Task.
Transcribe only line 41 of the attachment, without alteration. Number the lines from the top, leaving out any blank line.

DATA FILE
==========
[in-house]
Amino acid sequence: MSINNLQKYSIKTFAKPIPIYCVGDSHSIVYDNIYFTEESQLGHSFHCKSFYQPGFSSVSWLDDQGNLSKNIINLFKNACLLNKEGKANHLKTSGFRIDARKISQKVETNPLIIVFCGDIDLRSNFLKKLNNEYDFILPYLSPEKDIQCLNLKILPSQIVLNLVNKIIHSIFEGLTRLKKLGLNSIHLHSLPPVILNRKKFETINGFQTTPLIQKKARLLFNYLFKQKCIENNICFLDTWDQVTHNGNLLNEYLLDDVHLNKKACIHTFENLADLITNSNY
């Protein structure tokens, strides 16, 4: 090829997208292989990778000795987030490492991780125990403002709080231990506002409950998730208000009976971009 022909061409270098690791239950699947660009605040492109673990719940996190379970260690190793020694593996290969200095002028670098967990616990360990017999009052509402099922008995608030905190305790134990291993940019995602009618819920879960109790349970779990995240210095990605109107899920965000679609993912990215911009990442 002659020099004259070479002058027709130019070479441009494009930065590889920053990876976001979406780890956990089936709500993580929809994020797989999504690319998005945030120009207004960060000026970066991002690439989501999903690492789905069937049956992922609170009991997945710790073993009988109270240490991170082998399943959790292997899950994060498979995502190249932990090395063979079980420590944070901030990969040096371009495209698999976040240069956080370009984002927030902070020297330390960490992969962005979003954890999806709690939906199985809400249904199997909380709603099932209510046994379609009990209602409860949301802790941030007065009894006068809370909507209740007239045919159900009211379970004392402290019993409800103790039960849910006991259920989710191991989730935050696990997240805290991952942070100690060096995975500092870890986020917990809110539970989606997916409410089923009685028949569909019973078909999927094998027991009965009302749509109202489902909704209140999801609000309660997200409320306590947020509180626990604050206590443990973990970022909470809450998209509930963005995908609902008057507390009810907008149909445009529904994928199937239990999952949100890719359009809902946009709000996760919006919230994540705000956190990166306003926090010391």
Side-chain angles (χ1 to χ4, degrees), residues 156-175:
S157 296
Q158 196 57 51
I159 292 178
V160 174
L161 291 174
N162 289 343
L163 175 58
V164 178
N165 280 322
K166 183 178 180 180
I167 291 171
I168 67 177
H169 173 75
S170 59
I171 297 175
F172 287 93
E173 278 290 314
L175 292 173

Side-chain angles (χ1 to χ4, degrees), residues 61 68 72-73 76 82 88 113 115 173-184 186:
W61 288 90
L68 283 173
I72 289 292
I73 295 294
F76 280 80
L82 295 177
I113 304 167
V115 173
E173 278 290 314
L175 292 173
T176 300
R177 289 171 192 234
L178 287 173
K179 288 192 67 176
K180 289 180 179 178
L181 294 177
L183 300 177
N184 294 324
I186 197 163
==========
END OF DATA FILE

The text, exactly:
N184 294 324